The film takes numerous liberties with the story of Bram Stoker's novel, including (SPOILERS FOLLOW): In the novel Dracula can transform into a bat, a wolf, a horde of rats, and a mist, while in the film he does not have these abilities. * Dracula is an old man at the beginning of the story in the novel and becomes younger as he feeds on blood, while in the film he stays the same age throughout. * Dracula has only one bride in the film and is killed by Jonathan Harker, while in the novel Dracula has three brides and they are killed by Van Helsing. * In the film Mina is Arthur's wife and Lucy is Arthur's sister and Jonathan's fiancée, while in the novel Mina is Jonathan's fiancée and unrelated to Arthur, and Lucy is Arthur's fiancée. * Dr. Seward, a major character in the novel, appears only briefly in the film. * Dracula is killed in the film by Van Helsing, who exposes him to sunlight, while in the novel Dracula is killed by Jonathan Harker and Quincey Morris (a character not included in the film), who cut his throat and impale his heart simultaneously with knives. * Sunlight is lethal to vampires in the film, while in the novel it merely reduces their supernatural powers. * In the novel Jonathan Harker visits Dracula's castle to sell him real estate, unaware that he is a vampire, while in the film he visits Dracula's castle with the knowledge of his vampire nature and the intention to kill him, posing as a librarian. * In the novel Jonathan Harker survives the events of the story, while in the film he is turned into a vampire and killed by Van Helsing. * In the novel Dracula's castle is in Transylvania and Jonathan, Mina, Lucy, and Arthur live in England, while in the film Dracula's castle is in Klausenburg and only a short distance from the city in which Jonathan, Mina, Lucy, and Arthur live. * In the novel Dracula hides in England in Carfax Abbey, a property he purchased from Jonathan Harker, while in the film he hides in the cellar of Arthur's home. In the novel he transports a large number of crates of his native soil to England via ship, and in the film transports only a single coffin filled with his native soil to Arthur's home via carriage. See more »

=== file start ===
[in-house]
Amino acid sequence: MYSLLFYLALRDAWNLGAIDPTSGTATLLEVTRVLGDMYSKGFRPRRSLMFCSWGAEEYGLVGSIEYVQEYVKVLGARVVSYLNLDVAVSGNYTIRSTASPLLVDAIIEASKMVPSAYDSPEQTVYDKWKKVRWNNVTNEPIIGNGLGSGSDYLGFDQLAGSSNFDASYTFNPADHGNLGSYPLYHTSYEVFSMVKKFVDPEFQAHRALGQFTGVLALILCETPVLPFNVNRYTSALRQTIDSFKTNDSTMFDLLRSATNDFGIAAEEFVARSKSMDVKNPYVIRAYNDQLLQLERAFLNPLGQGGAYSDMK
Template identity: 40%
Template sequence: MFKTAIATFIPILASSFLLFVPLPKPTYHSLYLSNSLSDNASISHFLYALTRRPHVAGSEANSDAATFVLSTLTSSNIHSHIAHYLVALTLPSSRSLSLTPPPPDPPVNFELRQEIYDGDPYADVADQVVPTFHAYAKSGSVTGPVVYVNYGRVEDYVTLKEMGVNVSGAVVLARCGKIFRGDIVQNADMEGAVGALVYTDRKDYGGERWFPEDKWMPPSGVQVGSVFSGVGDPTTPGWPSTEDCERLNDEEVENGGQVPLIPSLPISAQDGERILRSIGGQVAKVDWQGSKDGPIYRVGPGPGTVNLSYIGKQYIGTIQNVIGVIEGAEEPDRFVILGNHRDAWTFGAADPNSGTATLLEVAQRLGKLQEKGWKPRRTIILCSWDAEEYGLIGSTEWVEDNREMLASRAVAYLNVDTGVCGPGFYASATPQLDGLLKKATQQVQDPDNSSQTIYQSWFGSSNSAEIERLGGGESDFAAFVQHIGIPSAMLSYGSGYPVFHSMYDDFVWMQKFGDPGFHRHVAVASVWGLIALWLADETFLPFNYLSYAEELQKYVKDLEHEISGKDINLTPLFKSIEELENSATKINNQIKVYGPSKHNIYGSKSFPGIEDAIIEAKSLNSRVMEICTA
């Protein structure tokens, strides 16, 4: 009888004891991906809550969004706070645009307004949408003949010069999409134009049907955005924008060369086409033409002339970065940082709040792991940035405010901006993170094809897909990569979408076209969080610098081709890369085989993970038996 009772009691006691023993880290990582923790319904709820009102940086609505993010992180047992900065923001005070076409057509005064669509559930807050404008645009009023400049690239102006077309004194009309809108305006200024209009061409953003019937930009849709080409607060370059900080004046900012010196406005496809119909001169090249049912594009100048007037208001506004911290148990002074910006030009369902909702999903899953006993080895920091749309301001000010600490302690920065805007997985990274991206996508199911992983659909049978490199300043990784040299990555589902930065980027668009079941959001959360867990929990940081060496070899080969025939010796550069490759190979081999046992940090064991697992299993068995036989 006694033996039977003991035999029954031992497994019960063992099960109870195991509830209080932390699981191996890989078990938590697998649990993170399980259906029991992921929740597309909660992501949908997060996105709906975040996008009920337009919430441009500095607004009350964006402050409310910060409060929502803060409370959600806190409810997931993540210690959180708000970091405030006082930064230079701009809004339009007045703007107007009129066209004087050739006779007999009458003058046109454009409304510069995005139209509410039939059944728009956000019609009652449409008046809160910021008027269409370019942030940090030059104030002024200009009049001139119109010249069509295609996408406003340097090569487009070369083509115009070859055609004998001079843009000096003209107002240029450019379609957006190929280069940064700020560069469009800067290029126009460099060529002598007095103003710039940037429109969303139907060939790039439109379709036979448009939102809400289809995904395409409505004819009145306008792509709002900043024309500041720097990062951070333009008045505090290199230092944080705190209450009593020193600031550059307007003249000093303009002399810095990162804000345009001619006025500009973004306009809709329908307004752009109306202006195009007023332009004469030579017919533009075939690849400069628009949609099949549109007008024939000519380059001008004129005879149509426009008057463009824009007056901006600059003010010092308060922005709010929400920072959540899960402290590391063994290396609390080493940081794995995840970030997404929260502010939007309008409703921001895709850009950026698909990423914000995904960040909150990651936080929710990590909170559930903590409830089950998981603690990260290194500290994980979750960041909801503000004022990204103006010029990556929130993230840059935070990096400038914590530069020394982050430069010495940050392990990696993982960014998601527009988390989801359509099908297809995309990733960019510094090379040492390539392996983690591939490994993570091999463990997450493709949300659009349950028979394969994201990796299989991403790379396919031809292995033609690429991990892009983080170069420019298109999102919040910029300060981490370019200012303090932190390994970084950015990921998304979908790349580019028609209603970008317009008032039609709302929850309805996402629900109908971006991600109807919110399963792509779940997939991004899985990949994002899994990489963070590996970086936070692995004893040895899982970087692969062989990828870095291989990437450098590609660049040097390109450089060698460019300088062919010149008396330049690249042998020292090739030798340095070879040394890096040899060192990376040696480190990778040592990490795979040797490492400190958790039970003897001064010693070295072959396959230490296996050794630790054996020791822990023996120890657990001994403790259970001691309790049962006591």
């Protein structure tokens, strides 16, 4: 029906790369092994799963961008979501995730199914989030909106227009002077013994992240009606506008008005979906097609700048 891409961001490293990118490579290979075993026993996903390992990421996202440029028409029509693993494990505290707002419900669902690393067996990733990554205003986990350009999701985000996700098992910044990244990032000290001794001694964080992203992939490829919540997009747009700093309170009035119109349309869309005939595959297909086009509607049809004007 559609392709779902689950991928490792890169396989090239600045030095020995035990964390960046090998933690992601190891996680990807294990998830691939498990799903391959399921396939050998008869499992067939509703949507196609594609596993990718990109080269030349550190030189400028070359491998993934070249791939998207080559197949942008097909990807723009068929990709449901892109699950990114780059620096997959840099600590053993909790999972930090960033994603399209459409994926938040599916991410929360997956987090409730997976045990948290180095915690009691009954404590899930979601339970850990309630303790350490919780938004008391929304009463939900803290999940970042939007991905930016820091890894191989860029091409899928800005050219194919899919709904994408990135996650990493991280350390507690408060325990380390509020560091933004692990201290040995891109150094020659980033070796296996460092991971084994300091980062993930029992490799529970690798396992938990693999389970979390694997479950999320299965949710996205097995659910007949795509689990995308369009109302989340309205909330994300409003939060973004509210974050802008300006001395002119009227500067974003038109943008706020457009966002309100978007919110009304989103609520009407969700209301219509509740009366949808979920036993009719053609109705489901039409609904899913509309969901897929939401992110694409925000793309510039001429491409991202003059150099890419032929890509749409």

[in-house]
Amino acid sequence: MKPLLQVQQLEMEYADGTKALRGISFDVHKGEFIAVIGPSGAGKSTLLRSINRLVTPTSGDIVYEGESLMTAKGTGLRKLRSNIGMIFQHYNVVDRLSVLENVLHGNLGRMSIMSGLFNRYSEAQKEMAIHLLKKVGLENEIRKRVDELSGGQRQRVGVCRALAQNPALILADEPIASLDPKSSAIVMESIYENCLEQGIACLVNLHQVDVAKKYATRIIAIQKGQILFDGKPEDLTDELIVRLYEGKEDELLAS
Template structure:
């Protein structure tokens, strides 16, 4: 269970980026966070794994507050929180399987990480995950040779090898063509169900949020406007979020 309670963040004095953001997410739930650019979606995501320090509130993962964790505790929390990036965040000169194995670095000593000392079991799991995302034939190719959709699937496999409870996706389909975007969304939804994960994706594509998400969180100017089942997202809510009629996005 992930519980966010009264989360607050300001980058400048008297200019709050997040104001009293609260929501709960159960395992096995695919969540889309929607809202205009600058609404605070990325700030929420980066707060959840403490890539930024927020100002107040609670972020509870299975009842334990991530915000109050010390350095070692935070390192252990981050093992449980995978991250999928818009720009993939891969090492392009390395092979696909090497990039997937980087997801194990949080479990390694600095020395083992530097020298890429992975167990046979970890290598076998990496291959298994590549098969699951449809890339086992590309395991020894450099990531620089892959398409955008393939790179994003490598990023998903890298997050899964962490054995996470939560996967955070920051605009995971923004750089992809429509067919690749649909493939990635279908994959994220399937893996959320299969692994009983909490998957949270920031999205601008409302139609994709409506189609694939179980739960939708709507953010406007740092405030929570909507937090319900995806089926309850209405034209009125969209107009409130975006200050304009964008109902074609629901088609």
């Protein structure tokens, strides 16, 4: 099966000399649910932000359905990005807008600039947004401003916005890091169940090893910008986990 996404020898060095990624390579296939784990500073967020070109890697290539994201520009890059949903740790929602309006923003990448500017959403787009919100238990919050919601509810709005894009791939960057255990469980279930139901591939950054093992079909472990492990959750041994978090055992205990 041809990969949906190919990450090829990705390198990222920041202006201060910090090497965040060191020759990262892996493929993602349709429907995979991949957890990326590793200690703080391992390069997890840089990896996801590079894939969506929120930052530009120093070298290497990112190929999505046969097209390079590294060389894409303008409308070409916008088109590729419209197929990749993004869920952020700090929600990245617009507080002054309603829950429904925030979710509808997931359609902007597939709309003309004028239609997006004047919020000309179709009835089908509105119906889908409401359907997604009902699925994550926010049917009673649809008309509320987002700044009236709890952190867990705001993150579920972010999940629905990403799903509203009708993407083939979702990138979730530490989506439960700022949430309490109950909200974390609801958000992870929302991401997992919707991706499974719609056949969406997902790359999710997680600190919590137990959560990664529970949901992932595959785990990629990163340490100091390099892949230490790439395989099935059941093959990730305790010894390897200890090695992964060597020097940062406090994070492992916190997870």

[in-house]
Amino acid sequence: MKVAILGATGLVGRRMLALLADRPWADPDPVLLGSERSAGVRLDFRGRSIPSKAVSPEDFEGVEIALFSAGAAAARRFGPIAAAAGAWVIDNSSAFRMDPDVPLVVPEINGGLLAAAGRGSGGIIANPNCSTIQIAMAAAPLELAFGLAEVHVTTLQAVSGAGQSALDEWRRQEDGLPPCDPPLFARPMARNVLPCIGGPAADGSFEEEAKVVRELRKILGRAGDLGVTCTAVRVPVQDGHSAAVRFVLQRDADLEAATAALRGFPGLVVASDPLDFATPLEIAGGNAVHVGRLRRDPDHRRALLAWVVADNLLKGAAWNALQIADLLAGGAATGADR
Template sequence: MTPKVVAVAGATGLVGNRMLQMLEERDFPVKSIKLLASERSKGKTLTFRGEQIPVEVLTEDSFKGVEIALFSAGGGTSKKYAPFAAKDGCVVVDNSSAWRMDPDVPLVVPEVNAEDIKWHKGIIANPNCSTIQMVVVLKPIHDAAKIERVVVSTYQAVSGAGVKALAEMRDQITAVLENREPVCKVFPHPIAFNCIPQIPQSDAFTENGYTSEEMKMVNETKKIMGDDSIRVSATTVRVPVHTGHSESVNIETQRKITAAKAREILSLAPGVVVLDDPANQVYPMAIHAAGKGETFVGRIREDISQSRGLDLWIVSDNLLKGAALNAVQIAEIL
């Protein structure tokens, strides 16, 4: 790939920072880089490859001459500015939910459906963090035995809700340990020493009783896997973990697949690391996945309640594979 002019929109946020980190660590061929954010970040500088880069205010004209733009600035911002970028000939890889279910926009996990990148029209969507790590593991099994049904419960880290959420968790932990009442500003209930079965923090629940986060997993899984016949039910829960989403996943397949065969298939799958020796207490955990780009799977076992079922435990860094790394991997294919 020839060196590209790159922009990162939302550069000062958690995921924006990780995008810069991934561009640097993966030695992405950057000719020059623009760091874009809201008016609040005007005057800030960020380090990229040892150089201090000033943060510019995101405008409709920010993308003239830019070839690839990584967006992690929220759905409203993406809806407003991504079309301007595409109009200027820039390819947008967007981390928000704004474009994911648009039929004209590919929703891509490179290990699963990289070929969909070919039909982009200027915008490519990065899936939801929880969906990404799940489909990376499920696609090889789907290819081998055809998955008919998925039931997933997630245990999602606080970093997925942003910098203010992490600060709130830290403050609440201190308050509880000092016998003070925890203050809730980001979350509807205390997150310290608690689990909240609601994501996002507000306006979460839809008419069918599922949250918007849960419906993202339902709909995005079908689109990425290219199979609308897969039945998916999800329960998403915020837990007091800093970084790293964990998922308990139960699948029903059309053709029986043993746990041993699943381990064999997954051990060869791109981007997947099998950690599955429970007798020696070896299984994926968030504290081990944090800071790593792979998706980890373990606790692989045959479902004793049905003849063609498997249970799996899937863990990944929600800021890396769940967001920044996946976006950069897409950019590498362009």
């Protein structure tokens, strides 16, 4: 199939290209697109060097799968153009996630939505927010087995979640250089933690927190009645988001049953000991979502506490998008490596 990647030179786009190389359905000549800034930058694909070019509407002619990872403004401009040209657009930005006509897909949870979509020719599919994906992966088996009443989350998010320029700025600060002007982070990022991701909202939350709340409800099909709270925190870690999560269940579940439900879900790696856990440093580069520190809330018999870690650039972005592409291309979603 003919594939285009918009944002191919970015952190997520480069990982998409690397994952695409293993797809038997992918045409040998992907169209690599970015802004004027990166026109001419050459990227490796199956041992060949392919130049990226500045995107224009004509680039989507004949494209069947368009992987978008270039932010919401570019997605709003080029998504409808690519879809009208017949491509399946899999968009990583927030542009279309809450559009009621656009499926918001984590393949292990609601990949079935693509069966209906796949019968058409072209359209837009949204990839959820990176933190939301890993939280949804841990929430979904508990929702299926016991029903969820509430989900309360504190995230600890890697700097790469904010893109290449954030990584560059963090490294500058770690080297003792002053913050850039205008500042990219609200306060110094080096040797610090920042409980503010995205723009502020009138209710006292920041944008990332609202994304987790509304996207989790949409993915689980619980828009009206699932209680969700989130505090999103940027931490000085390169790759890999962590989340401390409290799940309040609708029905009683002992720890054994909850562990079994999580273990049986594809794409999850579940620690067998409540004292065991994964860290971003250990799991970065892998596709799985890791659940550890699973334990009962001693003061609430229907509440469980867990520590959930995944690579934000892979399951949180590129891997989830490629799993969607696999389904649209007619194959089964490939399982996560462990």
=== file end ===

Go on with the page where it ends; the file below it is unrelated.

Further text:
When Van Helsing repels Lucy with a crucifix her reflection is visible in its surface. As a vampire she should cast no reflection. See more »